Tuesday, March 24, 2009

The AIG Bailout Debacle

Photo of AIG Lobby in NYC by: David Shankbone (CC)

The fallout over AIG's 165 million dollar bonuses (and the Federal Government's unconstitutional response) has the American public reeling with outrage. Here's an overview:


What is AIG and what does AIG do?

The BBC has this answer:

"AIG provides insurance and financial services in more than 130 countries.

The group and its subsidiaries employ more than 100,000 people around the world, including 2,000 in the UK, and it is listed on the New York Stock Exchange, as well as stock exchanges in Ireland and Tokyo.

It provides a range of insurance services to a variety of commercial, institutional and individual customers.

It also provides retirement and asset management services around the world.

The insurer has 30 million US policy holders and provides insurance to more than 100,000 companies and other entities."


Why did AIG need a bailout?

The Federal Reserve Bank announced on September 16, 2008, that it would be loaning out $85 billion to AIG in return for a 79.9% ownership of the company for the U.S. Federal Government. (Ironically, the press release noted twice that "The secured loan has terms and conditions designed to protect the interests of the U.S. government and taxpayers.") The Fed's reasoning for this move was essentially that AIG was too big to fail:

"The Board determined that, in current circumstances, a disorderly failure of AIG could add to already significant levels of financial market fragility and lead to substantially higher borrowing costs, reduced household wealth, and materially weaker economic performance."

Why was AIG in danger of failing in the first place?

Good question! Basically, throughout the 90s, the U.S. government decided it wanted to fuel a prosperity boom by strong-arming encouraging banks to lend to "sub-prime" mortgage candidates so they could buy houses. "Sub-prime" credit is a euphemism for credit lent out to people who shouldn't be getting it because it's too risky for the bank (and consequently for the people whose money that bank is loaning out). Too manage the risk, a lovely thing happened called "the securitization of mortgages" -banks would take a bunch of these risky mortgages, bundle them together as an investment, and sell them to bigger banks and financial institutions. There was so much of this going on that AIG had the bright idea of insuring all these risky investments, even if that meant stepping away from its successful core competency of providing traditional insurance policies to families and retirees.

How can't you believe in "trickle-down" economics? When people in the government have crazy ideas, the madness trickles down to the rest of the economy!


The AIG Bonus Scandal

Then after getting $85,000,000,000 in bailout money from taxpayers to reward and subsidize its failure and risky behavior, the story broke last week that AIG had added insult to injury by paying out $165,000,000 in bonuses to its top executives. Our political leaders' outrage at the scandal should be directed at none other than themselves. They are the ones who supported the financial bailout of AIG and who made this injustice possible. If we as Americans are angry at AIG executives for wasting $165 million of our money, we should be furious at the politicians in Washington who made this possible by wasting $85 billion of our money in the first place.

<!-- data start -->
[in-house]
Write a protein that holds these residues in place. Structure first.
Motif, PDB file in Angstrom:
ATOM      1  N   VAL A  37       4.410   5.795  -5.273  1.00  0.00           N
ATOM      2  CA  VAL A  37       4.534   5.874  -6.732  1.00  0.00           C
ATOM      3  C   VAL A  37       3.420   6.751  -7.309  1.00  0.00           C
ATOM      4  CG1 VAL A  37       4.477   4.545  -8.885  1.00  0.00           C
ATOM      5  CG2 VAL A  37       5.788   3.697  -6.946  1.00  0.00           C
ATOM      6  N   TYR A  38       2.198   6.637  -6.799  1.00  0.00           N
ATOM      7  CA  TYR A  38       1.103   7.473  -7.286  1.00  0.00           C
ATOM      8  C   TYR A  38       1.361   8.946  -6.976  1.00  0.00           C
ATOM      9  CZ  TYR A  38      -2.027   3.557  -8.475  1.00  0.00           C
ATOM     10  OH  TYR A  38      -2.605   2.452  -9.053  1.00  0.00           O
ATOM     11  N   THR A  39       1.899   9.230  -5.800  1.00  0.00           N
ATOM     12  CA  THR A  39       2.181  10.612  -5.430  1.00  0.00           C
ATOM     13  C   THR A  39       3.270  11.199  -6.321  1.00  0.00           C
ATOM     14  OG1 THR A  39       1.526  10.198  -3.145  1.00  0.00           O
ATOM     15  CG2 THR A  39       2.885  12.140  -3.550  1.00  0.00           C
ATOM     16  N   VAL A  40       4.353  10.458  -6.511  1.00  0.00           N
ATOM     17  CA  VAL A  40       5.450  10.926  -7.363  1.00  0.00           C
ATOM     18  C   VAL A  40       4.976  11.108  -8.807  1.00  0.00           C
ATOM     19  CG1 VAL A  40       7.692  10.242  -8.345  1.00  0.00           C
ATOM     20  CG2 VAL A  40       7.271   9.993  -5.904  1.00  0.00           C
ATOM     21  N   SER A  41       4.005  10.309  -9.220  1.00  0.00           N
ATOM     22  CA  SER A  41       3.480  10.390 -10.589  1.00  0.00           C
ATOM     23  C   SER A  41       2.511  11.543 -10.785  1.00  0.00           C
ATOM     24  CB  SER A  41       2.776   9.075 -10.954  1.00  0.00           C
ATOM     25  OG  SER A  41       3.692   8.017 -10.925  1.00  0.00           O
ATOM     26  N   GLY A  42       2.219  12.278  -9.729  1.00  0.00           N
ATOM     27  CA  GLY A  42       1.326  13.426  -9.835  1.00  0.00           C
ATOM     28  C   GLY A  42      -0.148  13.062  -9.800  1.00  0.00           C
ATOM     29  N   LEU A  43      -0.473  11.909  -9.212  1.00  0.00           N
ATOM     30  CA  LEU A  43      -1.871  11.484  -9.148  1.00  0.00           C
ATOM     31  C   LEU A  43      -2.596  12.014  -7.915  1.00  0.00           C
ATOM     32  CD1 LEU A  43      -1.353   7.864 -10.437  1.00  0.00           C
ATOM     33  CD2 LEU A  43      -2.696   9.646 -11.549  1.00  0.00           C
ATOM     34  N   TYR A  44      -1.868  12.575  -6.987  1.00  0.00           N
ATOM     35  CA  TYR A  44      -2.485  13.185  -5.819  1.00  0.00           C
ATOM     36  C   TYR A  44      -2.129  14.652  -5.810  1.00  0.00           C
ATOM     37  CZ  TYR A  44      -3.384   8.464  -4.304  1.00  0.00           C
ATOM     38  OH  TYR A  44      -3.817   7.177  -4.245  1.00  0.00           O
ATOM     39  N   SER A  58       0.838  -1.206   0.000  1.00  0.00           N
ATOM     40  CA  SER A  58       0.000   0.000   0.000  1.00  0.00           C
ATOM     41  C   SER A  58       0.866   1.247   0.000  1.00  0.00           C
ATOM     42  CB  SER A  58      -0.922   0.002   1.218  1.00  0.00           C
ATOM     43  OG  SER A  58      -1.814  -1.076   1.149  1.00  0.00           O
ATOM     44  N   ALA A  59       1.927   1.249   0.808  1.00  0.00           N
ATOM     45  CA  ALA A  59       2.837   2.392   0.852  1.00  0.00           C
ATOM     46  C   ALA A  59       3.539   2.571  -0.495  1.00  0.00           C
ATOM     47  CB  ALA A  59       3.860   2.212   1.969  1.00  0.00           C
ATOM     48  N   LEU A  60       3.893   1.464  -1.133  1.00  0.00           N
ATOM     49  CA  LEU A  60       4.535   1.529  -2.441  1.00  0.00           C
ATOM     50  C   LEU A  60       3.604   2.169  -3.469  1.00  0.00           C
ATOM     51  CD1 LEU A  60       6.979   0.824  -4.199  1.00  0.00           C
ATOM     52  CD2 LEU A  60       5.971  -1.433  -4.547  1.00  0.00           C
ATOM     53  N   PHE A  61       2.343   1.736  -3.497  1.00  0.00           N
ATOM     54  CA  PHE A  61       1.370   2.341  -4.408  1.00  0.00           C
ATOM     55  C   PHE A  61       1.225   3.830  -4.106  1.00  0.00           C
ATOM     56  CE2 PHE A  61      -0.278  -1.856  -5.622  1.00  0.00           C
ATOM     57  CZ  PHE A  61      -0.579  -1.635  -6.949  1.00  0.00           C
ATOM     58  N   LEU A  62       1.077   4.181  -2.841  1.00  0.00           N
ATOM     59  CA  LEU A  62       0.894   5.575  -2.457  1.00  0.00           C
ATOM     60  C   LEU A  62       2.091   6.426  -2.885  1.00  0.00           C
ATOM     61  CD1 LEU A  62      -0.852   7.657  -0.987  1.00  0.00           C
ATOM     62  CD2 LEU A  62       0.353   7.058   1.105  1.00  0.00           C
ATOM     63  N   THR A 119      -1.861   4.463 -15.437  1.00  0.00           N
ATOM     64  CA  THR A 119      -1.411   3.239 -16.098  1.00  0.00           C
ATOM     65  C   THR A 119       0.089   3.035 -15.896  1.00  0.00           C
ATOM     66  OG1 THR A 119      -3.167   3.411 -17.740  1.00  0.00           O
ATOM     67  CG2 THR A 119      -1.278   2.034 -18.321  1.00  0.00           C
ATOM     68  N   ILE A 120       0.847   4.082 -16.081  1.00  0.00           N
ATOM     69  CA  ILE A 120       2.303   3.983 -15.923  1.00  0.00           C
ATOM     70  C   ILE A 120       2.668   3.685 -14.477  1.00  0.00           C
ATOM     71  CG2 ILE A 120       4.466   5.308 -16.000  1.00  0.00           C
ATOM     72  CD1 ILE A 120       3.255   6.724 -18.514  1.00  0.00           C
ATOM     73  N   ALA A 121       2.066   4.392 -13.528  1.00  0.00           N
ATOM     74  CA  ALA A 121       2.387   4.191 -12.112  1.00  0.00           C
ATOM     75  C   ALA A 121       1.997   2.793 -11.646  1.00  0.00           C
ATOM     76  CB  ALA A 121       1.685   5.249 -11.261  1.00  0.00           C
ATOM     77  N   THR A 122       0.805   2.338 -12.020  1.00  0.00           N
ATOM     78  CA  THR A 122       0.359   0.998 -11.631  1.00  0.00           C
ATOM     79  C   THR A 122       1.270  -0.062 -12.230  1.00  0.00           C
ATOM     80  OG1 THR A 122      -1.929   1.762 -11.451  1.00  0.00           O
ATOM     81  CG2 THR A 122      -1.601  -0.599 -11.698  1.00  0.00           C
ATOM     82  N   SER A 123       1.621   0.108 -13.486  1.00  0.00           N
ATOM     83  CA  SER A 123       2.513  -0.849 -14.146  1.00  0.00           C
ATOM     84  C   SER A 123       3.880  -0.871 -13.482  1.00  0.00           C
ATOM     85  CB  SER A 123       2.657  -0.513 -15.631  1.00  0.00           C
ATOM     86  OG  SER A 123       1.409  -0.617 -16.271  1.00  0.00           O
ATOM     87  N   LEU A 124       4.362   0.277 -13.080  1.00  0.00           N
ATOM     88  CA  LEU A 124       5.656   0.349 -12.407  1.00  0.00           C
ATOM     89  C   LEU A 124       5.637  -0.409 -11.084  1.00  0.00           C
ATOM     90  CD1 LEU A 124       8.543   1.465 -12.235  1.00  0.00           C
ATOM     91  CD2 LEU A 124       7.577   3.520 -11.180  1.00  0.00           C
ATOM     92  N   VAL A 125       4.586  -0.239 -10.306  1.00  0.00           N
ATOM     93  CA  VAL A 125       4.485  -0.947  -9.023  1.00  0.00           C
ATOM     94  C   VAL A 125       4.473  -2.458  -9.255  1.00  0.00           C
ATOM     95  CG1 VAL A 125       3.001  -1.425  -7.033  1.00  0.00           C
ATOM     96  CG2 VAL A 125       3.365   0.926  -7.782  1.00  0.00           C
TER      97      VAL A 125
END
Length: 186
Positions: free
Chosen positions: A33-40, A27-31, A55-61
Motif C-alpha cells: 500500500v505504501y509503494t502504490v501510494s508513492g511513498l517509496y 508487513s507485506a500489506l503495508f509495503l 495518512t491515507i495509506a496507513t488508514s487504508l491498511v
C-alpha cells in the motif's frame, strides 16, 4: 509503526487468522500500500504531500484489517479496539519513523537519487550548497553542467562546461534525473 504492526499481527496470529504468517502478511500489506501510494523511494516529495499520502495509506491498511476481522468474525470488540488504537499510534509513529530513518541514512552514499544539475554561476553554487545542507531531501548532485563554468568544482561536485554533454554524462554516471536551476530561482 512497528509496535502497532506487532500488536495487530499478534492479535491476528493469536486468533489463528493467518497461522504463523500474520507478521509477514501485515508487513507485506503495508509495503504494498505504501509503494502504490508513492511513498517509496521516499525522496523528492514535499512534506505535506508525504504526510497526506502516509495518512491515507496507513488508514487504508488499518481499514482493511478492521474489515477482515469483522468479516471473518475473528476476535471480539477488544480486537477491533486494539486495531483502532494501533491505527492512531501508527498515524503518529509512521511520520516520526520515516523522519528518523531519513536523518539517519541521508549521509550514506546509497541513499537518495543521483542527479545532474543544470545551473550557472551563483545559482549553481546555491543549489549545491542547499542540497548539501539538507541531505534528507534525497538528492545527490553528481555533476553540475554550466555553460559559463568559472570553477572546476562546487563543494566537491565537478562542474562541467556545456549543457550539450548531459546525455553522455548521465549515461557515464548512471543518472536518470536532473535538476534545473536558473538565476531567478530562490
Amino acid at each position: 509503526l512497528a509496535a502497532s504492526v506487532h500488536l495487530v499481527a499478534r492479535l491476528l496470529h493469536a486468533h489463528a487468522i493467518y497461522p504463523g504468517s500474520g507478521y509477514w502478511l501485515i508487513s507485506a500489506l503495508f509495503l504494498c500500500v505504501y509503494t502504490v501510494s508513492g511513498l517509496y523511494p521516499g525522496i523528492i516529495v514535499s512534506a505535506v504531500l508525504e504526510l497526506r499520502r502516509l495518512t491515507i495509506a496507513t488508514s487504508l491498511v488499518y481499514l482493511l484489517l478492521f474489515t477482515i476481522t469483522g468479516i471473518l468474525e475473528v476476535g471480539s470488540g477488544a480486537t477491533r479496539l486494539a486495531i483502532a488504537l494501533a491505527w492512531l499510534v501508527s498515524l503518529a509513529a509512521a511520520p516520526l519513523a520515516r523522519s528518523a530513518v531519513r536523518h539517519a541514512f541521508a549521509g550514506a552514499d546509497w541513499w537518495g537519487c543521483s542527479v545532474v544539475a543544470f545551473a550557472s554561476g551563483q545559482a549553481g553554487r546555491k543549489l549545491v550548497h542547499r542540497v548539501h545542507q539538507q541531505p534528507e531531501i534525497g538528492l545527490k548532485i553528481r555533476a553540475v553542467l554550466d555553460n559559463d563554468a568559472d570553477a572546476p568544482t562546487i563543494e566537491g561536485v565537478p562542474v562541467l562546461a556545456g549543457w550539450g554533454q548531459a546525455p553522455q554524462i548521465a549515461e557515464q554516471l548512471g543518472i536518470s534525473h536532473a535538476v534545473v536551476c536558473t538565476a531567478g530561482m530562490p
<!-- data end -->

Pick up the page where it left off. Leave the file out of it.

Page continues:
And never forget who AIG's 1st and 2nd biggest beneficiaries are in terms of campaign donations: Senator Chris Dodd and President Barack Obama:

Obama may be grandstanding about AIG’s bonuses now, but it’s worth noting that Obama himself is the second biggest benefactor [sic] of AIG political contributions. Second only to Senator Chris Dodd, who is quietly trying to tip-toe away from legislation he inserted into Obama’s “stimulus” spending spree that protected AIG’s bonuses.

Washington's Inept, Unnecessary, Illegal, Ex post facto, and Unconstitutional Response

As a treasure trove of bright ideas, the House of Representatives passed a bill to tax 90% of the AIG bonuses:

The House tax measure, hurriedly drawn up on the orders of the Democratic leadership, imposes a 90% levy on those who were paid executive bonuses if their families earned more than $250,000 annually and if their firms, such as AIG, received more than $5 billion in federal bailout funds. It passed by more than a two-thirds majority, 328 to 93.

Here's an idea: instead of taxing 90% of $165 million now, why doesn't Congress just not give away 100% of billions and billions to large financial institutions later? Here's another idea: read the Constitution. Ex post facto, selective taxation laws are not Constitutional. Furthermore, they're tyrannical! They set a startling precedent for policy in this country and sadly, they are not necessary to recoup taxpayer losses in this case. Remember that the government owns AIG now. As the largest shareholder in the company, it should ask the board of directors to rescind the bonuses and threaten to sue them as the largest shareholder if they do not comply. Politico.com has a list of 10 alternatives to the "AIG tax" (for which I hold varying degrees of support).


I promise I really hate saying "I told you so."



Anti-Bailout Merchandise